GPs' views: Last gasp
Three GPs share their approach to a practice problem
Three GPs share their approach to a practice problem
John Smith is 21 and has severe and unpredictable asthma. He regularly turns up asking for an immediate prescription for his bronchodilator; in return he agrees to make an asthma clinic appointment, which he cancels or misses. He claims he does not use his long-acting bronchodilator or steroid inhaler because he cannot afford the scripts, and anyway he's 'fine'.
Every few months he presents with acute bronchospasm requiring nebulisation and steroids, and occasionally admission. Attempts to reason with him and even warnings about the risk of death have failed. You can't remove him because there is no other local practice. Today your surgery is overbooked; John is at reception yet again asking for an immediate prescription for his bronchodilator.
Dr Alex Williams
'He perceives parental overtones in requests to see the nurse, and reverts to childlike rebellion'
This is a situation I have encountered with some patients with asthma and relates to their perception and understanding of their asthma. The first responsibility is to the patient and so I would ask the practice nurse to assess him with a peak flow and some simple observations. If these showed a low peak flow, given his history it would be necessary to nebulise and consider a course of oral steroids.
Non-response to the nebuliser would dictate further hospital assessment and probable admission. If he just had a mild attack then a prescription for his short-acting bronchodilators could be issued. Although the timing could not be more awkward I need to engage him in a dialogue. I would want to try and explain the illness to him in terms he can understand. I have a pictorial representation of a cross section through an airway showing how it becomes progressively narrowed as the disease progresses and is not treated adequately.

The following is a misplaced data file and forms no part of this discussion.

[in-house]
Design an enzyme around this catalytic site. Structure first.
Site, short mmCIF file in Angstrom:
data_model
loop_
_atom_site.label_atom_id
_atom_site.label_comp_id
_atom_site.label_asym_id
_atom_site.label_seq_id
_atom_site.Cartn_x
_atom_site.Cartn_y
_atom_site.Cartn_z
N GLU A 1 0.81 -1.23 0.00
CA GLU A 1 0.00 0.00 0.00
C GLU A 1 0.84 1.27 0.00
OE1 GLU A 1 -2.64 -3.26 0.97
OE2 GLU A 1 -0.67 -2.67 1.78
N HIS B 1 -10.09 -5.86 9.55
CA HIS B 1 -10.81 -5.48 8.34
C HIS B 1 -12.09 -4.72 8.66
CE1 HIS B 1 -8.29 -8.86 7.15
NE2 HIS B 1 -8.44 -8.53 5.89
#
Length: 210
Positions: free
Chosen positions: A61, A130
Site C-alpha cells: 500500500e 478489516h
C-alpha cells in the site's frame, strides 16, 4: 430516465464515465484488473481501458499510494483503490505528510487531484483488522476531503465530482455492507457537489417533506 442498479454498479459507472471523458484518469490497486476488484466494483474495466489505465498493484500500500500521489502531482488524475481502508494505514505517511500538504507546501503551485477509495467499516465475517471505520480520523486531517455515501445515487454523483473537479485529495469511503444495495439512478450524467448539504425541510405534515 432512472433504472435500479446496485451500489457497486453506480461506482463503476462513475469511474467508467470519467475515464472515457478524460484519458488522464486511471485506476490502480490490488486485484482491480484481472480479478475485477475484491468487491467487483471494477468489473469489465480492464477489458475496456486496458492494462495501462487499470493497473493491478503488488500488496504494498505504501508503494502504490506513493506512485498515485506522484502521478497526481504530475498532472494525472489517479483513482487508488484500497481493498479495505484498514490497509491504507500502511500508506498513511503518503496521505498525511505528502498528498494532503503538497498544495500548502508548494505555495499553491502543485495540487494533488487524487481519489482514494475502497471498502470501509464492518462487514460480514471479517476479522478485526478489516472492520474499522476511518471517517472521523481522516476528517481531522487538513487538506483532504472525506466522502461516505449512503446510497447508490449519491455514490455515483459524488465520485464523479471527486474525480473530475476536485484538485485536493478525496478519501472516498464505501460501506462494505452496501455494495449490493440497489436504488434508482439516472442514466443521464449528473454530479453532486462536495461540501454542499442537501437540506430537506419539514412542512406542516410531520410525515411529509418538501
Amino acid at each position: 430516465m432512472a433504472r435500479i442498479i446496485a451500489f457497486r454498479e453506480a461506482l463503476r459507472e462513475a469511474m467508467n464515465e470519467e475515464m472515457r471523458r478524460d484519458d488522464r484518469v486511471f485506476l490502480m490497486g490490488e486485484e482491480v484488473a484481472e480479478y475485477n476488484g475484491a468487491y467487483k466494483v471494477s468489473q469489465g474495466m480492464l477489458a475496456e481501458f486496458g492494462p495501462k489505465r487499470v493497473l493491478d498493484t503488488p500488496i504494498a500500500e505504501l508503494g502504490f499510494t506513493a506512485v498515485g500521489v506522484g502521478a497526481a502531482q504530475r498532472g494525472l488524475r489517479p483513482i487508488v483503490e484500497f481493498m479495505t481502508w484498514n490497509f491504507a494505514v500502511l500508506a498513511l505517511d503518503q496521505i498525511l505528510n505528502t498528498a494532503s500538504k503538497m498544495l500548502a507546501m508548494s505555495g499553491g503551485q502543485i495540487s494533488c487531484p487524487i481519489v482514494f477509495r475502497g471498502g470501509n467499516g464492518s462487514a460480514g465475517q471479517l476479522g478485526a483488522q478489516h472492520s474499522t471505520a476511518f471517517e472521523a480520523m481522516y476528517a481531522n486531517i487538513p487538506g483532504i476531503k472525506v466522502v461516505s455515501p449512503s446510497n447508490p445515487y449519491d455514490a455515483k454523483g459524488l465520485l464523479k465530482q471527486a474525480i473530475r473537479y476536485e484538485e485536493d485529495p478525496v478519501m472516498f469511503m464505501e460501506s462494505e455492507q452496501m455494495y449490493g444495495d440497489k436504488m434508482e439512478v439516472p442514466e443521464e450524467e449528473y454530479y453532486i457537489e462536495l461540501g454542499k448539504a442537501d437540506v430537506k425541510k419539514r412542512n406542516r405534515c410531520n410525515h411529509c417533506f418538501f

The bronchodilators become less and less effective. He will need to understand that preventive inhalers do not work straight away and may take several weeks to have an impact and will need to be taken at an effective dose. Ultimately he is an adult and needs to take responsibility for his own illness, however his non-response could be viewed as a crossed transaction if we were looking at the consultation in behavioural terms. Over the years I have found it very helpful to explore interactions that do appear dysfunctional.
He may perceive 'parental overtones' in the requests to book in with the asthma nurse, or take the preventers and consequently reverts to a child-like state of non-compliance. It is necessary to switch the transaction to adult to adult. I would encourage him to come and see me at the end of a surgery where I might have more time to deal with this. I would hope to reinforce the messages and try and make him feel responsible for his own health as well. If we could get him on side he might consider using a peak flow meter and running a self-management plan for his own deteriorations in future.
Dr Trevor Rees
'Is he ill or is he just trying to bypass the usual repeat prescription system?'
At 21, John is old enough to understand that however much he tries to think he is fine, he isn't. He has a potentially life-threatening chronic illness, and he has to understand that his current attitude towards his asthma is dangerous. Despite the fact that I'm under pressure in my surgery, it's time for me to take the chance for a face-to-face consultation as I know from previous experience that any promises John makes to come to the asthma clinic are empty ones.
As soon as I finish my current consultation, I'd call John down to my room. I'd assess the validity of his current request for an immediate prescription. Is he ill, or is it just a matter of convenience based on his previous success at procuring his medication by by-passing the usual repeat prescription system?
Once again, I'd reiterate the seriousness of his asthma, and the fact that inadequate management not only might lead to premature death, but almost certainly will lead to more severe symptoms later in life. All this would be carried out in a calm and non-judgmental atmosphere, so hopefully John might be convinced.